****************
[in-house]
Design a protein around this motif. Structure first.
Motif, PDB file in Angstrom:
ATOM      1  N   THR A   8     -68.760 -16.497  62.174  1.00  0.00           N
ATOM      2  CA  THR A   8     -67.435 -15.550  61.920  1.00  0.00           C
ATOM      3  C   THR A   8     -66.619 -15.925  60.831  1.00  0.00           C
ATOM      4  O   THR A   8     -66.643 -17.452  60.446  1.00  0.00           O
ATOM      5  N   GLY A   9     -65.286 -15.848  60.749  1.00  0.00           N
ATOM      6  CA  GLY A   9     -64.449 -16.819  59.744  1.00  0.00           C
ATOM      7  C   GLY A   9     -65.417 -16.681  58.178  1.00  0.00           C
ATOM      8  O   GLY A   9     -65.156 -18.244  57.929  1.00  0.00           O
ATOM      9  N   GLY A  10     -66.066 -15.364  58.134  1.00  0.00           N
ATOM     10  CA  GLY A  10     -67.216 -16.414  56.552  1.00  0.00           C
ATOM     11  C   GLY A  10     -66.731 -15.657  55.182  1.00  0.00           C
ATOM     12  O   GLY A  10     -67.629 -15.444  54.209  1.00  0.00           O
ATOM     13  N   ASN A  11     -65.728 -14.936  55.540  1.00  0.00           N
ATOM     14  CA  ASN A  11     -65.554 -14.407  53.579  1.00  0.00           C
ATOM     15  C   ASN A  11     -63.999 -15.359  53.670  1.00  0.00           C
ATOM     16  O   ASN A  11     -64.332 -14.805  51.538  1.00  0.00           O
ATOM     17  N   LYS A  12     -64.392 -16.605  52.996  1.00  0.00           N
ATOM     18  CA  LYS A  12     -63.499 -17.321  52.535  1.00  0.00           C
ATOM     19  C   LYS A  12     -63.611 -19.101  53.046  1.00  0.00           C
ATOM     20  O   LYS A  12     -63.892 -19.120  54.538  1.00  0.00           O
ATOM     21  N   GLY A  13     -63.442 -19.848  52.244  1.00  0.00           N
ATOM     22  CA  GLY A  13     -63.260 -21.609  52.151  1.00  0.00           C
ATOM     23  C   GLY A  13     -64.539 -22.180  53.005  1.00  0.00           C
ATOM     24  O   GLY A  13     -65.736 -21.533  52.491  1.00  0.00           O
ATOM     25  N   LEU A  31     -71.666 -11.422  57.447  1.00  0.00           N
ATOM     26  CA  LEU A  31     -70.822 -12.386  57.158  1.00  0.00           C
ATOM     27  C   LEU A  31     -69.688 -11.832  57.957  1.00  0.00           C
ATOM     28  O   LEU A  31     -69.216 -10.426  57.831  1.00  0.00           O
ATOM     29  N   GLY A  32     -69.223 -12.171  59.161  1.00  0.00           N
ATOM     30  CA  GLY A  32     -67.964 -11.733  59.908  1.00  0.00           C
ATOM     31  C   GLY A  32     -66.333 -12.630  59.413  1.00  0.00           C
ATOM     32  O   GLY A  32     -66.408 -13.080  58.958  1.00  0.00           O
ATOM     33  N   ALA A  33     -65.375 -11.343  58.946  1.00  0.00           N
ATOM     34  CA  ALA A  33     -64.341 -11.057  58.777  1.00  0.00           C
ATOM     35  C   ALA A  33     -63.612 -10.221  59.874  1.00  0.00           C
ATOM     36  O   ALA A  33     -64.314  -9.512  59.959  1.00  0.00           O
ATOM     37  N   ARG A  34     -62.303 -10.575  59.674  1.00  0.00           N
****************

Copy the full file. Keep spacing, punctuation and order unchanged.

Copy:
[in-house]
Design a protein around this motif. Structure first.
Motif, PDB file in Angstrom:
ATOM      1  N   THR A   8     -68.760 -16.497  62.174  1.00  0.00           N
ATOM      2  CA  THR A   8     -67.435 -15.550  61.920  1.00  0.00           C
ATOM      3  C   THR A   8     -66.619 -15.925  60.831  1.00  0.00           C
ATOM      4  O   THR A   8     -66.643 -17.452  60.446  1.00  0.00           O
ATOM      5  N   GLY A   9     -65.286 -15.848  60.749  1.00  0.00           N
ATOM      6  CA  GLY A   9     -64.449 -16.819  59.744  1.00  0.00           C
ATOM      7  C   GLY A   9     -65.417 -16.681  58.178  1.00  0.00           C
ATOM      8  O   GLY A   9     -65.156 -18.244  57.929  1.00  0.00           O
ATOM      9  N   GLY A  10     -66.066 -15.364  58.134  1.00  0.00           N
ATOM     10  CA  GLY A  10     -67.216 -16.414  56.552  1.00  0.00           C
ATOM     11  C   GLY A  10     -66.731 -15.657  55.182  1.00  0.00           C
ATOM     12  O   GLY A  10     -67.629 -15.444  54.209  1.00  0.00           O
ATOM     13  N   ASN A  11     -65.728 -14.936  55.540  1.00  0.00           N
ATOM     14  CA  ASN A  11     -65.554 -14.407  53.579  1.00  0.00           C
ATOM     15  C   ASN A  11     -63.999 -15.359  53.670  1.00  0.00           C
ATOM     16  O   ASN A  11     -64.332 -14.805  51.538  1.00  0.00           O
ATOM     17  N   LYS A  12     -64.392 -16.605  52.996  1.00  0.00           N
ATOM     18  CA  LYS A  12     -63.499 -17.321  52.535  1.00  0.00           C
ATOM     19  C   LYS A  12     -63.611 -19.101  53.046  1.00  0.00           C
ATOM     20  O   LYS A  12     -63.892 -19.120  54.538  1.00  0.00           O
ATOM     21  N   GLY A  13     -63.442 -19.848  52.244  1.00  0.00           N
ATOM     22  CA  GLY A  13     -63.260 -21.609  52.151  1.00  0.00           C
ATOM     23  C   GLY A  13     -64.539 -22.180  53.005  1.00  0.00           C
ATOM     24  O   GLY A  13     -65.736 -21.533  52.491  1.00  0.00           O
ATOM     25  N   LEU A  31     -71.666 -11.422  57.447  1.00  0.00           N
ATOM     26  CA  LEU A  31     -70.822 -12.386  57.158  1.00  0.00           C
ATOM     27  C   LEU A  31     -69.688 -11.832  57.957  1.00  0.00           C
ATOM     28  O   LEU A  31     -69.216 -10.426  57.831  1.00  0.00           O
ATOM     29  N   GLY A  32     -69.223 -12.171  59.161  1.00  0.00           N
ATOM     30  CA  GLY A  32     -67.964 -11.733  59.908  1.00  0.00           C
ATOM     31  C   GLY A  32     -66.333 -12.630  59.413  1.00  0.00           C
ATOM     32  O   GLY A  32     -66.408 -13.080  58.958  1.00  0.00           O
ATOM     33  N   ALA A  33     -65.375 -11.343  58.946  1.00  0.00           N
ATOM     34  CA  ALA A  33     -64.341 -11.057  58.777  1.00  0.00           C
ATOM     35  C   ALA A  33     -63.612 -10.221  59.874  1.00  0.00           C
ATOM     36  O   ALA A  33     -64.314  -9.512  59.959  1.00  0.00           O
ATOM     37  N   ARG A  34     -62.303 -10.575  59.674  1.00  0.00           N